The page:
CROZET, VIRGINIA —
Every day, at Our Lady of the Angels Monastery
in the foothills of Virginia's Blue Ridge Mountains, the 13 resident nuns gather for prayer.
Theirs is a simple Christian life of worship and meditation.
The sisters also follow the Benedictine tradition of combining prayer with work. For the past 20 years, they've made their own version of Gouda, the flavorful cheese which originated in the Netherlands.
Sister Barbara Smickel, who co-founded the monastery 25 years ago, says that while it is not the most important part of their life, work is still very important.
"I just think working for a living is a good thing…our life is pretty intense; there’s a lot of silence, a lot of prayer, a lot of meditation in it and I think the balance of using our bodies in a healthy way is very important for that,” she says. "We use our bodies and the gifts God has given us of mind and heart and body to support ourselves and we find a special satisfaction in making a wholesome product to do that.”
They support themselves by making the Dutch-style Gouda, which they produce in a cheese barn just down the hill from the monastery.
It's an enterprise they inherited from the farm’s previous owner.
The nuns start the cheese-making process with a truckful of warmed, pasteurized milk - more than 6,000 pounds [2,700 liters] - that’s piped into a giant stainless steel vat.
Cheese cook Sister Maria Gonzalo-Garcia adds a starter culture, which helps speed the process of turning the milk into cheese.
Mechanical paddles churn the mixture, and after half an hour, Sister Maria adds a synthetic rennet enzyme, which separates the milk into solids and liquid, known as curds and whey.
Sister Barbara refers to this as the magic time.
“Because it either sets up and turns into cheese, or it doesn’t," she says. "This is the time that we pray that it does happen. Now it’s up to the Lord to turn it into cheese.”
Today, the magic works and the cheese mixture is pumped into a giant vat where it's pressed into a solid block.
At this point, a machine could take over but the nuns prefer to do everything by hand. They separate, weigh and pack the cheese into special plastic bowls called hoops, for a final pressing.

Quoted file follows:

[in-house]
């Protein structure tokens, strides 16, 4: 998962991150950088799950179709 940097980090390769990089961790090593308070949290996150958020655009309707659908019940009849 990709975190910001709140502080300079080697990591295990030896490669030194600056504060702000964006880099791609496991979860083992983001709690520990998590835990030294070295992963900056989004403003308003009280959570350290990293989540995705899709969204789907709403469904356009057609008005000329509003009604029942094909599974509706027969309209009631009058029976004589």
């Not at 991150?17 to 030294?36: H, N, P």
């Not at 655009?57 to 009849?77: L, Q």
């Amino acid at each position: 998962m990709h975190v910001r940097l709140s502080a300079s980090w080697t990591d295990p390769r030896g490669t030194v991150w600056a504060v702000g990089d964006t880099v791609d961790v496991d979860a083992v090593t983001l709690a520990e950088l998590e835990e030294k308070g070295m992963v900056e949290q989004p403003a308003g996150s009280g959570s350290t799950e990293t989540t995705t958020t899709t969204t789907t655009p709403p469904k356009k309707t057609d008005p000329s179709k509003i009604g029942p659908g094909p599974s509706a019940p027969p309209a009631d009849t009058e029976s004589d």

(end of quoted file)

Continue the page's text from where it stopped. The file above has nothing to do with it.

It is very much a community effort, where all 13 of the sisters are involved in the process.
Sister Barbara recalls seeing a video once of a big cheese-making factory in Holland, where everything was computerized.
“My comment was, ‘Poor little cheese, never touched by human hands,’ so ours is, all day long, touched by human hands,” she says. “I think what makes our cheese special is the fact that part of our tradition is to do whatever you do as well as you can, whether it’s sweeping a floor or cooking the dinner or feeding the dog, or gardening or making cheese.”
Going to market
After their final pressing, the 2-pound [1-kilogram] wheels of buttery yellow cheese are soaked in salty water, cured in a refrigeration room and dipped in a special red wax before being shipped to customers across the United States.
The nuns expect to sell about 10,000 wheels of their hand-made Monastery Gouda by Christmas.
Eric Gertner buys 300 to 400 wheels a year, to sell in his specialty food store in nearby Charlottesville.
“We carry the monastery Gouda because the story behind it is really so compelling,” he says. “We have right here in our backyard a cheese made in ages-old monastic tradition…and they’re doing this to support and sustain their spiritual practice, so it’s just such a beautiful story. And the cheese is delicious in and of itself.”
Most of the nuns' business is done by mail order but customers can also buy cheese directly from the monastery.
“I think people buy it because it’s good, but also because they feel a certain solidarity with our way of life and want to support it in the way they can,” Sister Barbara says. “We try to put a lot of love and prayer into the cheese. We say that’s the secret ingredient.”
Whether it's luck or the power of prayer, the sisters have never, in the more than 20 years of Monastery cheese-making, had a single bad batch.